For almost 20 years, Alberto Nanclares has been trying to decipher the “jewel” that is the Albariño variety, but he hasn’t yet managed to discover its main trait.
“At the winery, I see very different expressions of the same variety with similar vinification methods and for me that is actually one of Albariño’s main virtues”, he says. “It is high in acidity, ripens well even in challenging vintages, produces wines with extraordinary tension and a fabulous aging potential. It is a transparent variety that allows terroir to express itself provided that it is not forced to produce high yields and that the intensive use of pesticides and chemical fertilizers is avoided”.
The grape’s versatility, together with his desire to find as many expressions as vineyards he owns in Rias Baixas, on the northwestern corner of Galicia, allow him to make seven different Albariños (around 10,000 bottles in total per year) sourced from his five hectares of land. “Each wine expresses its terroir, its soil, its flora, its microbiology. That’s the path we are in, trying to understand the variety and each of our vineyards”, explains Nanclares from his house-cum-winery outside of Cambados.
That path started one day in 1993, when he decided to buy a boat to restore and sail along the Galician coast. His passion for sailing soon took him to quit his job as an economist and exchange his 28m2 loft in the centre of Madrid for a house in Castrelo, near Cambados (Pontevedra), which came along with a vineyard and gorgeous views of the Arousa estuary.
Back then, Alberto had no intention to make a living with wine. “I used to work as a consultant for a multinational in Vigo. I knew nothing about winemaking; my only contact with wine was limited to my childhood, when I used to accompany my dad to purchase large carafes of wine from Miranda de Ebro, where I was born, to nearby Villabuena and Samaniego in Rioja”, he remembers.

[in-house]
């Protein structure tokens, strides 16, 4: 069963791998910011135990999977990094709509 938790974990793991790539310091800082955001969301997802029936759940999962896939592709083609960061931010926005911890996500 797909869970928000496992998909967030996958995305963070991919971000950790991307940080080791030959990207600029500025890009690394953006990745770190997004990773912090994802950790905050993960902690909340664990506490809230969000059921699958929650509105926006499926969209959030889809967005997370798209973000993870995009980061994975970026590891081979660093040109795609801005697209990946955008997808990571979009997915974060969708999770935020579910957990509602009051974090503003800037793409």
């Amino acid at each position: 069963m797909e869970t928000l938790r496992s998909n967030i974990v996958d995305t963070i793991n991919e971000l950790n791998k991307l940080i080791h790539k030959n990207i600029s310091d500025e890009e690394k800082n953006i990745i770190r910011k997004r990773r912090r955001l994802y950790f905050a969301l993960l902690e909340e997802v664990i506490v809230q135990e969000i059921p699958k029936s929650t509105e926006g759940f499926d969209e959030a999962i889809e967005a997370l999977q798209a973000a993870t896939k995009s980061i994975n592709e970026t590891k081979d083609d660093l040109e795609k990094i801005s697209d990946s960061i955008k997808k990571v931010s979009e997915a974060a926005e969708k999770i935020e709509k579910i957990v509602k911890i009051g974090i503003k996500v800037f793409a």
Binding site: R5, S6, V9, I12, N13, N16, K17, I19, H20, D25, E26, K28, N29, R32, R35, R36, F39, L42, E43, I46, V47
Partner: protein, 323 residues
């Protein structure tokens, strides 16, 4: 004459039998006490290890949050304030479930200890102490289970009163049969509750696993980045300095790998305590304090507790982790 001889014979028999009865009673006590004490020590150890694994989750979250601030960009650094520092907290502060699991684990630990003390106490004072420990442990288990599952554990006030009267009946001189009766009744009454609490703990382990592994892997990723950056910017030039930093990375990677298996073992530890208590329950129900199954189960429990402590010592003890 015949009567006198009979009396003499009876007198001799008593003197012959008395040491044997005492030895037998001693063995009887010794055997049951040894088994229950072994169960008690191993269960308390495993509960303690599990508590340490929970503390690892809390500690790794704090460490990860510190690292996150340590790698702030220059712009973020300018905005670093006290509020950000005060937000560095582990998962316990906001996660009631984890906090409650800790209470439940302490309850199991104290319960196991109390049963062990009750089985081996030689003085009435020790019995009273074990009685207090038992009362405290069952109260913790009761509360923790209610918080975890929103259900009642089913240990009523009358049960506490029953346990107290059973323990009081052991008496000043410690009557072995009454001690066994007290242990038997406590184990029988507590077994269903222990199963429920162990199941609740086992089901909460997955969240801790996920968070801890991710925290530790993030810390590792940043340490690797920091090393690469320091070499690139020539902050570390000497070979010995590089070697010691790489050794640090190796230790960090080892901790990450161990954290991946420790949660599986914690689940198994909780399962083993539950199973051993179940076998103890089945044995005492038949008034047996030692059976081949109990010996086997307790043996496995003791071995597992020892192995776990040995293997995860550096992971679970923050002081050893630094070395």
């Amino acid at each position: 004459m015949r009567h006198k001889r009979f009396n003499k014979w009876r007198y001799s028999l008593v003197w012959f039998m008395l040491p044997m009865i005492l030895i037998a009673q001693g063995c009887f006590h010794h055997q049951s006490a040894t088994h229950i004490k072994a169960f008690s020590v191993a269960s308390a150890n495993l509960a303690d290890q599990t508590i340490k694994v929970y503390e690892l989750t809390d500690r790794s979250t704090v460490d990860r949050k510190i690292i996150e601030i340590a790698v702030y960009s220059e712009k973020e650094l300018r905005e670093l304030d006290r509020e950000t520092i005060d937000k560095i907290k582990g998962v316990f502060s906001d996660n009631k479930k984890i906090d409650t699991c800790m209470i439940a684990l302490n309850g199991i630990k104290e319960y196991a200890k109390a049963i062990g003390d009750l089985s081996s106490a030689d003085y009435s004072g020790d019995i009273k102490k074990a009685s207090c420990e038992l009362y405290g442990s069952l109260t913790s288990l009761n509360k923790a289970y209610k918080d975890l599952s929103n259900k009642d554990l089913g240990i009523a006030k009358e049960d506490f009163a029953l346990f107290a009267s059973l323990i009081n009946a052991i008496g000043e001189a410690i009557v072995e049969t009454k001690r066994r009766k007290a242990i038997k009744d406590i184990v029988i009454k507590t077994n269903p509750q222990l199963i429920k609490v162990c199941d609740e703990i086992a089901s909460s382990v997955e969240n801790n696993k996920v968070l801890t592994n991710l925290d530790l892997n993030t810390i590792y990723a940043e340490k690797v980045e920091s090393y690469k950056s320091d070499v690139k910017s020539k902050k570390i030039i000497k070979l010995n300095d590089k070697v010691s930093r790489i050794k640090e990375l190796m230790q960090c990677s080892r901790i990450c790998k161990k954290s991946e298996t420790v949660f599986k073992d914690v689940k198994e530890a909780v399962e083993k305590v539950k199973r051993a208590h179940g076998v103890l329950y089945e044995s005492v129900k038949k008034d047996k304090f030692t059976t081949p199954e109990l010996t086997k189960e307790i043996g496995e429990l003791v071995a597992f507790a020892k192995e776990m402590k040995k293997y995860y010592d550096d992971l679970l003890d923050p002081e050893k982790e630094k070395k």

He casually started to prune and work on the vineyard with the help of Agro de Bazán’s cellar master and he caught the wine bug. In 1997 he converted his home garage into a small winery and started to make his own Albariño; by 2001, he had bought more vineyards in the Salnés valley and finally left office work for the vines.
He launched his brand Nanclares following conventional practices but he soon realized that the use of aggressive treatments in the vineyard and commercial yeasts in the winery meant his Albariño was just one more among many; a correct wine but lacking in soul. “At first I used to read books but time has taught me to trust my intuition first”, he says.
He gradually stopped tilling the land and for some years he has been working with as little intervention as possible in order to let each vineyard freely express itself. He makes compost with the grape stalks and seaweeds that he picks from the nearby estuary to improve the plants’ resistance to diseases and he applies biodynamic techniques to his 12 plots, planted primarily on sandy soils in the villages of Castrelo, Cambados and Pradenda.
“We believe that the way to enrich our terroir involves sensible wine growing practices, particularly with the soils and their microbiological life. On the winery, it means little intervention and staying away from elements that may standardize the wines, such as commercial yeasts or even selected yeasts”.
Success has not always knocked on Nanclares’ door during the past 15 years, but a string of good reviews encouraged his US importer José Pastor to buy more wine and Alberto decided to make his little business evolve. “I couldn’t cope on my own to meet such demand and I realized I needed help”.
It was at this point —August 2015— that Silvia Prieto joined the business. “I had known her for many years; she is young, enthusiastic and full of energy. I didn’t want to employ someone; instead I wanted to find a person who would be able to handle everything. She liked the idea and we now work hand in hand, both on the vineyard and on the commercial and marketing sides”, explains Alberto. “The idea is that if I decide to retire in 10 years’ time she will be able to continue with the project”.